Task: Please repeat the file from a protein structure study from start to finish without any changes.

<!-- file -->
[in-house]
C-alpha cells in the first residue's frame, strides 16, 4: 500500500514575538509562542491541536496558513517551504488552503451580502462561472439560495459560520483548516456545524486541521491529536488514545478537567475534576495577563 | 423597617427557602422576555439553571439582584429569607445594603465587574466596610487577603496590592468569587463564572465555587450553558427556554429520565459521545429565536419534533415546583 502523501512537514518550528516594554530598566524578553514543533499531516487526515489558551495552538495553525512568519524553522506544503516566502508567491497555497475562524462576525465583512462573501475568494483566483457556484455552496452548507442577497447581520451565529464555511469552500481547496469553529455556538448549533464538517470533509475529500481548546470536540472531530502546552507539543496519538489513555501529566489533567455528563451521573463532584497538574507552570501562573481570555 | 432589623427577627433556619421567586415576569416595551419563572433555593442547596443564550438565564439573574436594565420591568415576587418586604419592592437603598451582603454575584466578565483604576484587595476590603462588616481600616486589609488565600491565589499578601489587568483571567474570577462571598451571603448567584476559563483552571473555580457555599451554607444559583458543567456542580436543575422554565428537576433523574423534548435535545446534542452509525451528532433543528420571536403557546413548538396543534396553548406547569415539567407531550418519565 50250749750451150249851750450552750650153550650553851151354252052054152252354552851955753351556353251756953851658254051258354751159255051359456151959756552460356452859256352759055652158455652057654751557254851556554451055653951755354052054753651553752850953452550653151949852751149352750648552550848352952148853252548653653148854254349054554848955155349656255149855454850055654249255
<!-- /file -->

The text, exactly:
[in-house]
C-alpha cells in the first residue's frame, strides 16, 4: 500500500514575538509562542491541536496558513517551504488552503451580502462561472439560495459560520483548516456545524486541521491529536488514545478537567475534576495577563 | 423597617427557602422576555439553571439582584429569607445594603465587574466596610487577603496590592468569587463564572465555587450553558427556554429520565459521545429565536419534533415546583 502523501512537514518550528516594554530598566524578553514543533499531516487526515489558551495552538495553525512568519524553522506544503516566502508567491497555497475562524462576525465583512462573501475568494483566483457556484455552496452548507442577497447581520451565529464555511469552500481547496469553529455556538448549533464538517470533509475529500481548546470536540472531530502546552507539543496519538489513555501529566489533567455528563451521573463532584497538574507552570501562573481570555 | 432589623427577627433556619421567586415576569416595551419563572433555593442547596443564550438565564439573574436594565420591568415576587418586604419592592437603598451582603454575584466578565483604576484587595476590603462588616481600616486589609488565600491565589499578601489587568483571567474570577462571598451571603448567584476559563483552571473555580457555599451554607444559583458543567456542580436543575422554565428537576433523574423534548435535545446534542452509525451528532433543528420571536403557546413548538396543534396553548406547569415539567407531550418519565 50250749750451150249851750450552750650153550650553851151354252052054152252354552851955753351556353251756953851658254051258354751159255051359456151959756552460356452859256352759055652158455652057654751557254851556554451055653951755354052054753651553752850953452550653151949852751149352750648552550848352952148853252548653653148854254349054554848955155349656255149855454850055654249255